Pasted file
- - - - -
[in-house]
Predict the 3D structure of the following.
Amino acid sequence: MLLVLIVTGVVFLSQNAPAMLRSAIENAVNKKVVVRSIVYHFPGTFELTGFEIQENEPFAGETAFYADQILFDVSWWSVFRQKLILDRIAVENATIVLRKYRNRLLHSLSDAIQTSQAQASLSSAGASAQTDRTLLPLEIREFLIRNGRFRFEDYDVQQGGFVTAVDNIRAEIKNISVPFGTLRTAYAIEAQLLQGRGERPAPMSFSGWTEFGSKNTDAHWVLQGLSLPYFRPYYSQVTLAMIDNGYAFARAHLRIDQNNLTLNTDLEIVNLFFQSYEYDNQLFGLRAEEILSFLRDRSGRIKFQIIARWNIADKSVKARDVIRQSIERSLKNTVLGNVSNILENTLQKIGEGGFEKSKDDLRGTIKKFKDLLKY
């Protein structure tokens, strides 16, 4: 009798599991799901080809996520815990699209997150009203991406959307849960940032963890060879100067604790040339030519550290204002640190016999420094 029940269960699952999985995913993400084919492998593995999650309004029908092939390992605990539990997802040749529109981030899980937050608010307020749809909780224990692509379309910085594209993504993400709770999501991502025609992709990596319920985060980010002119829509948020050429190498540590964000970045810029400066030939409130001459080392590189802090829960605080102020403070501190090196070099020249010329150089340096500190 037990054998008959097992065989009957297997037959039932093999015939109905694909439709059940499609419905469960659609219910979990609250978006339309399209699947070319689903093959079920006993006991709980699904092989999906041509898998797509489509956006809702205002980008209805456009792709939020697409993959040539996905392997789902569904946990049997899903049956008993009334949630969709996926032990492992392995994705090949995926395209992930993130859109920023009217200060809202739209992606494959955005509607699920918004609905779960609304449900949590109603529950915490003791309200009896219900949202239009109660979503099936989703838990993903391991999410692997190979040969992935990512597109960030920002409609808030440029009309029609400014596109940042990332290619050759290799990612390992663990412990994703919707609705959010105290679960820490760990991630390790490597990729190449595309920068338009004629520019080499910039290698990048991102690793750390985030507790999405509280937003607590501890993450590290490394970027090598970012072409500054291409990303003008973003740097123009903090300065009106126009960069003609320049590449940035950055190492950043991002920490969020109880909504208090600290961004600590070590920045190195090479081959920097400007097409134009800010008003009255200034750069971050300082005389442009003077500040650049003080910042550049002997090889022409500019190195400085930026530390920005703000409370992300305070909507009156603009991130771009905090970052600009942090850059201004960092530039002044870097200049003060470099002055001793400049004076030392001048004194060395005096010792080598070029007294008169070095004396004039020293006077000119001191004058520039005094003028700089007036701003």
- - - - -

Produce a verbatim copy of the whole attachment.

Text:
[in-house]
Predict the 3D structure of the following.
Amino acid sequence: MLLVLIVTGVVFLSQNAPAMLRSAIENAVNKKVVVRSIVYHFPGTFELTGFEIQENEPFAGETAFYADQILFDVSWWSVFRQKLILDRIAVENATIVLRKYRNRLLHSLSDAIQTSQAQASLSSAGASAQTDRTLLPLEIREFLIRNGRFRFEDYDVQQGGFVTAVDNIRAEIKNISVPFGTLRTAYAIEAQLLQGRGERPAPMSFSGWTEFGSKNTDAHWVLQGLSLPYFRPYYSQVTLAMIDNGYAFARAHLRIDQNNLTLNTDLEIVNLFFQSYEYDNQLFGLRAEEILSFLRDRSGRIKFQIIARWNIADKSVKARDVIRQSIERSLKNTVLGNVSNILENTLQKIGEGGFEKSKDDLRGTIKKFKDLLKY
């Protein structure tokens, strides 16, 4: 009798599991799901080809996520815990699209997150009203991406959307849960940032963890060879100067604790040339030519550290204002640190016999420094 029940269960699952999985995913993400084919492998593995999650309004029908092939390992605990539990997802040749529109981030899980937050608010307020749809909780224990692509379309910085594209993504993400709770999501991502025609992709990596319920985060980010002119829509948020050429190498540590964000970045810029400066030939409130001459080392590189802090829960605080102020403070501190090196070099020249010329150089340096500190 037990054998008959097992065989009957297997037959039932093999015939109905694909439709059940499609419905469960659609219910979990609250978006339309399209699947070319689903093959079920006993006991709980699904092989999906041509898998797509489509956006809702205002980008209805456009792709939020697409993959040539996905392997789902569904946990049997899903049956008993009334949630969709996926032990492992392995994705090949995926395209992930993130859109920023009217200060809202739209992606494959955005509607699920918004609905779960609304449900949590109603529950915490003791309200009896219900949202239009109660979503099936989703838990993903391991999410692997190979040969992935990512597109960030920002409609808030440029009309029609400014596109940042990332290619050759290799990612390992663990412990994703919707609705959010105290679960820490760990991630390790490597990729190449595309920068338009004629520019080499910039290698990048991102690793750390985030507790999405509280937003607590501890993450590290490394970027090598970012072409500054291409990303003008973003740097123009903090300065009106126009960069003609320049590449940035950055190492950043991002920490969020109880909504208090600290961004600590070590920045190195090479081959920097400007097409134009800010008003009255200034750069971050300082005389442009003077500040650049003080910042550049002997090889022409500019190195400085930026530390920005703000409370992300305070909507009156603009991130771009905090970052600009942090850059201004960092530039002044870097200049003060470099002055001793400049004076030392001048004194060395005096010792080598070029007294008169070095004396004039020293006077000119001191004058520039005094003028700089007036701003």